The atmospheric oxygen content since the appearance of life 4 billion years ago is therefore determined by a “competition” between various biological processes, such as photosynthesis and respiration, and geological processes, such as the trapping of organic matter in sediments and other phenomena such as the oxidation of iron, mineral sulphur, old sedimentary rocks… This O2 content, which is currently 21%, has “peaked” at about 35% over 300 million years ago (Carboniferous). It is precisely at this time that the combination of biological processes (the poor degradation of lignin by the fungi of the time) and geological events (the hercynian chainMountain chain that forms between the Devonian (-400 million years) and the end of the Permian (-240 million years). This chain is now eroded and most of the geological evidence of its formation is metamorphic rocks and granites, which were once the deep root of the massif. In France, the Hercynian chain corresponds essentially to the Armorican Massif, the Central Massif and part of Corsica. These massifs are generally referred to as variscan massifs. and its numerous subsidised zonesAreas with a progressive, regular or jerky subsidence of the earth’s crust due to a load that is added either above the crust (water, sediment, volcano, ice cap, mountain range, lithospheric plate.), either inside it (phase change by metamorphism) or below it (heavy mantel material). The subsidence was first known at the surface by the geology of sedimentary basins.) preserved from oxidation the debris from the forests of the time that became coal deposits (Figure 2), among the most important on the planet.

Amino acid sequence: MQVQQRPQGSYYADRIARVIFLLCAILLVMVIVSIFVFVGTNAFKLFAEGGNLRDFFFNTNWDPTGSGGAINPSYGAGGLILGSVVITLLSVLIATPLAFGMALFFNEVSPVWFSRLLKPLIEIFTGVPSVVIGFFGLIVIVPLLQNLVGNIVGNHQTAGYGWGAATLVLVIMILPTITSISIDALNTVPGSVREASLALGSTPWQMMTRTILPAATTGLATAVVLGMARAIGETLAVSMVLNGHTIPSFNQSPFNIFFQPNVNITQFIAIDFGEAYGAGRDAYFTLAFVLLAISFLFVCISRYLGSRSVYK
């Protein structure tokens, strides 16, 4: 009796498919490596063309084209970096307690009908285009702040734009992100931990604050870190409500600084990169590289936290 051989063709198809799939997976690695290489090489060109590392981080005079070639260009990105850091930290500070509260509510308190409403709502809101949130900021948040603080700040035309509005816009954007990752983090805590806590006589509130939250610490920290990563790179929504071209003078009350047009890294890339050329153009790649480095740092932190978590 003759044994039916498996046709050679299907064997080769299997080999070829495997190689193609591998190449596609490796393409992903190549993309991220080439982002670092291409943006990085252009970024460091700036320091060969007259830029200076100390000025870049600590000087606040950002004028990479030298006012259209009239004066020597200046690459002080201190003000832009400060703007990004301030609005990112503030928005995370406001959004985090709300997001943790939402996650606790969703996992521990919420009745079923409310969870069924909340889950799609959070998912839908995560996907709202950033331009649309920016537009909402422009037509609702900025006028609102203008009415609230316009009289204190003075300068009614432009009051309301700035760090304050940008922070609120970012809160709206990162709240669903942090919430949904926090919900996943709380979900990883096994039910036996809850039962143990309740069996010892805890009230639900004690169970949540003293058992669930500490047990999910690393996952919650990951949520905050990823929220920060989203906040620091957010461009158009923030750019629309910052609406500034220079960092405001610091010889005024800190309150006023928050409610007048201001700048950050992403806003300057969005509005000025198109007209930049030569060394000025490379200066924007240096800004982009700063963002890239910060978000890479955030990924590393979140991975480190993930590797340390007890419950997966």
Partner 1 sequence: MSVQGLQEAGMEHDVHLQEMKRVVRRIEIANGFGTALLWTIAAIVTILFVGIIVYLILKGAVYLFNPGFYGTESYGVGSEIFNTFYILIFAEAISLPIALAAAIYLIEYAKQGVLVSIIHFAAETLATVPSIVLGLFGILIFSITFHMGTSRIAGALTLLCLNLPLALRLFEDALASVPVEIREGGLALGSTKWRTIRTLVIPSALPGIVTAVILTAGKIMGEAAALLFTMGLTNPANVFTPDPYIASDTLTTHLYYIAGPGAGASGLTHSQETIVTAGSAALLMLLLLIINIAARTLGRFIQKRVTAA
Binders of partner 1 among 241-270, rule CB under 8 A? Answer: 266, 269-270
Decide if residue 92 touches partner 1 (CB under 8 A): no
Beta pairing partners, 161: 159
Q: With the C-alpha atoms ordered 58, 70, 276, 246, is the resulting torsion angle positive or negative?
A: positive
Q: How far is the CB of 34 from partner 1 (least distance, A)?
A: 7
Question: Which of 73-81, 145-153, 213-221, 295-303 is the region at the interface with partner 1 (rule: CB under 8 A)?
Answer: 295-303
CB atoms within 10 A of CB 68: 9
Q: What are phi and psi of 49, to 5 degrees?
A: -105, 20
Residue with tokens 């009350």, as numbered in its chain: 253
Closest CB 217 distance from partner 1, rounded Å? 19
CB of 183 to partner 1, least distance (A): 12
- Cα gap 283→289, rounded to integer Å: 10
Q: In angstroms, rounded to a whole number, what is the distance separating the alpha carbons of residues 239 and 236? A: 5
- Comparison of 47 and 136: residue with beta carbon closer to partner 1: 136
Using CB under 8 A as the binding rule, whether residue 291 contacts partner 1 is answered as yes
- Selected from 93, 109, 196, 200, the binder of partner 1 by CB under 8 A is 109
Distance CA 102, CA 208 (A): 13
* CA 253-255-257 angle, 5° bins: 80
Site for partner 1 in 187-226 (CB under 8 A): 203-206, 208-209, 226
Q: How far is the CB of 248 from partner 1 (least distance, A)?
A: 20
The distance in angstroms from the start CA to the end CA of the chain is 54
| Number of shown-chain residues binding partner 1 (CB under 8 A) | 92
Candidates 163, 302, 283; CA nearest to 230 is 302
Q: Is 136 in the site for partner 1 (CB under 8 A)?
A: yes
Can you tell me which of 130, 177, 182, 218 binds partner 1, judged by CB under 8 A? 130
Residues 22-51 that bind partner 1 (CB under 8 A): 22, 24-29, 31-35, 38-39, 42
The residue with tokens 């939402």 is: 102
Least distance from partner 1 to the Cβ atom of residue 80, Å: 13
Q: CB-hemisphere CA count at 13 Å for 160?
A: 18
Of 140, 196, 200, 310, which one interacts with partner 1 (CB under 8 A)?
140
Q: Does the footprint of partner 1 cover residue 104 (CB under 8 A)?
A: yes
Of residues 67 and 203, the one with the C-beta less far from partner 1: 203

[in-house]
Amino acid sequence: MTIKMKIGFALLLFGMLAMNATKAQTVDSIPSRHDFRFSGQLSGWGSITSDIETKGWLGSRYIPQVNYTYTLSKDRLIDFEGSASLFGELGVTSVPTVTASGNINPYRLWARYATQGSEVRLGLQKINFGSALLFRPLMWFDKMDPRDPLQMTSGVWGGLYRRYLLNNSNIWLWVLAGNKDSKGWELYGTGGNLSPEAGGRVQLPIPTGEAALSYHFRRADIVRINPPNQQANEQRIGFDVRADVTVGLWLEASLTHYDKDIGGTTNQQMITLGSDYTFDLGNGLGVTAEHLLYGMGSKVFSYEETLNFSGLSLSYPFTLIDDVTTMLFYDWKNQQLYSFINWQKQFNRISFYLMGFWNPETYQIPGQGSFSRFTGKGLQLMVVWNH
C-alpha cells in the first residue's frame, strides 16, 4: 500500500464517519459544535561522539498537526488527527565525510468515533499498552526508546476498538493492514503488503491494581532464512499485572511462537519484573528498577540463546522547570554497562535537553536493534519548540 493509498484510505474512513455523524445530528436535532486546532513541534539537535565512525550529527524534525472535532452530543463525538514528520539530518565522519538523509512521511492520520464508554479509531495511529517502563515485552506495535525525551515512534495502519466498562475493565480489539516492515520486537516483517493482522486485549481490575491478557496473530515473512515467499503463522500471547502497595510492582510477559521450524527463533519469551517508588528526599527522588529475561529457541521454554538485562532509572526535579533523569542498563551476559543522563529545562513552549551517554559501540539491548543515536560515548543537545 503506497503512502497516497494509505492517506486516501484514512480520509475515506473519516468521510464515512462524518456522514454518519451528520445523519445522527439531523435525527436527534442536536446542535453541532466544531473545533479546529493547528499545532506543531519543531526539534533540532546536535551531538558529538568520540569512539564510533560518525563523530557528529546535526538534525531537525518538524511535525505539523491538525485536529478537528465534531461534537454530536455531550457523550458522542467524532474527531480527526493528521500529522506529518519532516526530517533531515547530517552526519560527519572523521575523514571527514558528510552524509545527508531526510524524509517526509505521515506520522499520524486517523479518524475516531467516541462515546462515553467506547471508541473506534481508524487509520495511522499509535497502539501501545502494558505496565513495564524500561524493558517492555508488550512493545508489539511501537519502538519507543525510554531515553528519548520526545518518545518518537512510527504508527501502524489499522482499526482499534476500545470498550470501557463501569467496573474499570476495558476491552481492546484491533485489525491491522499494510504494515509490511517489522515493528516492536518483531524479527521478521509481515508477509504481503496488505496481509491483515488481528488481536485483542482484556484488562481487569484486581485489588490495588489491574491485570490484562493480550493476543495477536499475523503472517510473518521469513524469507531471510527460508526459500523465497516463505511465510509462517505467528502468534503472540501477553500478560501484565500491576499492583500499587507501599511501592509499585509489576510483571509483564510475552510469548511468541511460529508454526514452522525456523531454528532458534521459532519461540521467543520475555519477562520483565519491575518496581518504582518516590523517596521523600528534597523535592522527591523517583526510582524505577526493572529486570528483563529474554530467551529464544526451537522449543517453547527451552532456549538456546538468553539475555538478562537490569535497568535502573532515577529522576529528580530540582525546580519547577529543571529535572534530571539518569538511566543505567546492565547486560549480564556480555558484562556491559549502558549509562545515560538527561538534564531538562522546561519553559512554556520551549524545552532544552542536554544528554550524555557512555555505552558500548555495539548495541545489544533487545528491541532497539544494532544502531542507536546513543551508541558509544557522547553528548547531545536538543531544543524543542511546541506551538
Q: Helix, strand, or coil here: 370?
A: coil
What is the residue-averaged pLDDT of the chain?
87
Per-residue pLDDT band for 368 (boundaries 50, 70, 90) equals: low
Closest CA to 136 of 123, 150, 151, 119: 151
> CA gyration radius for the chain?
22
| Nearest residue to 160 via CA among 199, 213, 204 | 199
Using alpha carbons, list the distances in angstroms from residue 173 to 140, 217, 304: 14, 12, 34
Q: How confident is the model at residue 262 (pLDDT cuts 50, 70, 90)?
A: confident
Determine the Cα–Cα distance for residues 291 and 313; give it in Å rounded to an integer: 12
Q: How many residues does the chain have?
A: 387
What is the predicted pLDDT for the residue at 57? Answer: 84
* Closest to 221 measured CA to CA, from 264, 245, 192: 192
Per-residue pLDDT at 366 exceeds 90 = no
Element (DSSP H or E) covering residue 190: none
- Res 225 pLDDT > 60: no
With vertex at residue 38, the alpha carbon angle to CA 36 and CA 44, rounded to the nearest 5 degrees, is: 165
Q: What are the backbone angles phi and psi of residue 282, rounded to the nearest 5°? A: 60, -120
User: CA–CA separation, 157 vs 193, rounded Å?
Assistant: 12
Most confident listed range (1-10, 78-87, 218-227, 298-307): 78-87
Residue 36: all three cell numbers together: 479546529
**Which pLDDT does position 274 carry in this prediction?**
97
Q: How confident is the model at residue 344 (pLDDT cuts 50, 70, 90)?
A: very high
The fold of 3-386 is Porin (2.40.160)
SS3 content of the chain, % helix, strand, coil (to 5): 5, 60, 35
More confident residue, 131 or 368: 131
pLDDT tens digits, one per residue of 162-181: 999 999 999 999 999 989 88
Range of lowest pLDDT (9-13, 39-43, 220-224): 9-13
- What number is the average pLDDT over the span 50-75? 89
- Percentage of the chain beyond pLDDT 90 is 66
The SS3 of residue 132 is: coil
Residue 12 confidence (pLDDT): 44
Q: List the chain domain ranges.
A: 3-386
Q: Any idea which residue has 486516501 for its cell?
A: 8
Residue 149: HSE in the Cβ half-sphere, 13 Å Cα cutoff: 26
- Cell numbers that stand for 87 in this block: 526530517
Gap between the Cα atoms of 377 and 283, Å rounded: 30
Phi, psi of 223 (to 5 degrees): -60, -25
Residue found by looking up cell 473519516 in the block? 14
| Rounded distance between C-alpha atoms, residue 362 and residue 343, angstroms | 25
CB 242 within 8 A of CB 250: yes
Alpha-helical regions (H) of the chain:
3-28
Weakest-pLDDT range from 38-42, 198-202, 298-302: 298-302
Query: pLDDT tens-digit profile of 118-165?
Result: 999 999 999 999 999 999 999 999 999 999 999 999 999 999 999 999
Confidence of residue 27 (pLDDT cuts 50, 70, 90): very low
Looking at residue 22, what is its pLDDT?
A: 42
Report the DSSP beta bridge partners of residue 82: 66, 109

2.4. Iron oxides

Current seawater contains almost no iron, as it is oxidized by dissolved oxygen in the form of ferric ion (Fe4+), insoluble at ordinary pH. Recent iron-bearing sedimentary rocks are therefore rare, due to the lack of soluble iron to precipitate. However, the situation was completely different before -2 billion years ago.